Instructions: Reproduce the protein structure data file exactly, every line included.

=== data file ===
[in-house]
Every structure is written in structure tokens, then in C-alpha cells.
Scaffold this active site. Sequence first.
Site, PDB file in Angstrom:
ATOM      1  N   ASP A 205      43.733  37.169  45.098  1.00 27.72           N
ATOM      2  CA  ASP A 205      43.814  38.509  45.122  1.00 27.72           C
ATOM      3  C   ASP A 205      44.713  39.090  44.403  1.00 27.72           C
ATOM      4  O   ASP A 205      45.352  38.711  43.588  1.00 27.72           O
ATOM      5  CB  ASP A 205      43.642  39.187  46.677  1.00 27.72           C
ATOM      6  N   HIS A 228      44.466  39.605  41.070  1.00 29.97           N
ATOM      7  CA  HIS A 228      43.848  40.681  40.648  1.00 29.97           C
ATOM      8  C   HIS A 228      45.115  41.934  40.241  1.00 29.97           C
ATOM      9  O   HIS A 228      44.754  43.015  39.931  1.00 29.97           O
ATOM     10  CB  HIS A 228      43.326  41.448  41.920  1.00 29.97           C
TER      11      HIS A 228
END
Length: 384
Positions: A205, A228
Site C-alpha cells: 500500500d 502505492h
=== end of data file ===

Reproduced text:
[in-house]
Every structure is written in structure tokens, then in C-alpha cells.
Scaffold this active site. Sequence first.
Site, PDB file in Angstrom:
ATOM      1  N   ASP A 205      43.733  37.169  45.098  1.00 27.72           N
ATOM      2  CA  ASP A 205      43.814  38.509  45.122  1.00 27.72           C
ATOM      3  C   ASP A 205      44.713  39.090  44.403  1.00 27.72           C
ATOM      4  O   ASP A 205      45.352  38.711  43.588  1.00 27.72           O
ATOM      5  CB  ASP A 205      43.642  39.187  46.677  1.00 27.72           C
ATOM      6  N   HIS A 228      44.466  39.605  41.070  1.00 29.97           N
ATOM      7  CA  HIS A 228      43.848  40.681  40.648  1.00 29.97           C
ATOM      8  C   HIS A 228      45.115  41.934  40.241  1.00 29.97           C
ATOM      9  O   HIS A 228      44.754  43.015  39.931  1.00 29.97           O
ATOM     10  CB  HIS A 228      43.326  41.448  41.920  1.00 29.97           C
TER      11      HIS A 228
END
Length: 384
Positions: A205, A228
Site C-alpha cells: 500500500d 502505492h